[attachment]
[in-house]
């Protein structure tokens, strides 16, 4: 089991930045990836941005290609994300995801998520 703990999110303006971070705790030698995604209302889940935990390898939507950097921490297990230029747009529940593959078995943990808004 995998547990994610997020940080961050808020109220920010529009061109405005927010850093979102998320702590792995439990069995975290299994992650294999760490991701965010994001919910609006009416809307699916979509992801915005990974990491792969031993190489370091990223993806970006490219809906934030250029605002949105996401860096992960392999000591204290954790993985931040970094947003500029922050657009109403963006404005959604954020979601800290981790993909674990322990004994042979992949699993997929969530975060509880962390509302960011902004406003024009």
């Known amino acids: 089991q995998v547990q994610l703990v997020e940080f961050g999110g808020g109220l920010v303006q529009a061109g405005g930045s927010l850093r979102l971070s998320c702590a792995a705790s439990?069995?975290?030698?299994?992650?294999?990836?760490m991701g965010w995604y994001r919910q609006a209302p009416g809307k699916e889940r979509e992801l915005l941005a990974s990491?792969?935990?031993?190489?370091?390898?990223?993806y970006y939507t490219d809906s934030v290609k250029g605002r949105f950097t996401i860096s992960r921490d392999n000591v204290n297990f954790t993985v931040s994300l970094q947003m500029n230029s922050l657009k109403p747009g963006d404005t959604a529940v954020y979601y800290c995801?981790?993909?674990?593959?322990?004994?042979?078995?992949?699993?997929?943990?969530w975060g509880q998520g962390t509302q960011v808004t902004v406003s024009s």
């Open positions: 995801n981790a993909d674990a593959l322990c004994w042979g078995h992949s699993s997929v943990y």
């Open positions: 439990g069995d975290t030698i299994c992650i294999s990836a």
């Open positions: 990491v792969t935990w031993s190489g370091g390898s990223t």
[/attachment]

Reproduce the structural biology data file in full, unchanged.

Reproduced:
[in-house]
């Protein structure tokens, strides 16, 4: 089991930045990836941005290609994300995801998520 703990999110303006971070705790030698995604209302889940935990390898939507950097921490297990230029747009529940593959078995943990808004 995998547990994610997020940080961050808020109220920010529009061109405005927010850093979102998320702590792995439990069995975290299994992650294999760490991701965010994001919910609006009416809307699916979509992801915005990974990491792969031993190489370091990223993806970006490219809906934030250029605002949105996401860096992960392999000591204290954790993985931040970094947003500029922050657009109403963006404005959604954020979601800290981790993909674990322990004994042979992949699993997929969530975060509880962390509302960011902004406003024009």
């Known amino acids: 089991q995998v547990q994610l703990v997020e940080f961050g999110g808020g109220l920010v303006q529009a061109g405005g930045s927010l850093r979102l971070s998320c702590a792995a705790s439990?069995?975290?030698?299994?992650?294999?990836?760490m991701g965010w995604y994001r919910q609006a209302p009416g809307k699916e889940r979509e992801l915005l941005a990974s990491?792969?935990?031993?190489?370091?390898?990223?993806y970006y939507t490219d809906s934030v290609k250029g605002r949105f950097t996401i860096s992960r921490d392999n000591v204290n297990f954790t993985v931040s994300l970094q947003m500029n230029s922050l657009k109403p747009g963006d404005t959604a529940v954020y979601y800290c995801?981790?993909?674990?593959?322990?004994?042979?078995?992949?699993?997929?943990?969530w975060g509880q998520g962390t509302q960011v808004t902004v406003s024009s």
């Open positions: 995801n981790a993909d674990a593959l322990c004994w042979g078995h992949s699993s997929v943990y």
């Open positions: 439990g069995d975290t030698i299994c992650i294999s990836a």
């Open positions: 990491v792969t935990w031993s190489g370091g390898s990223t």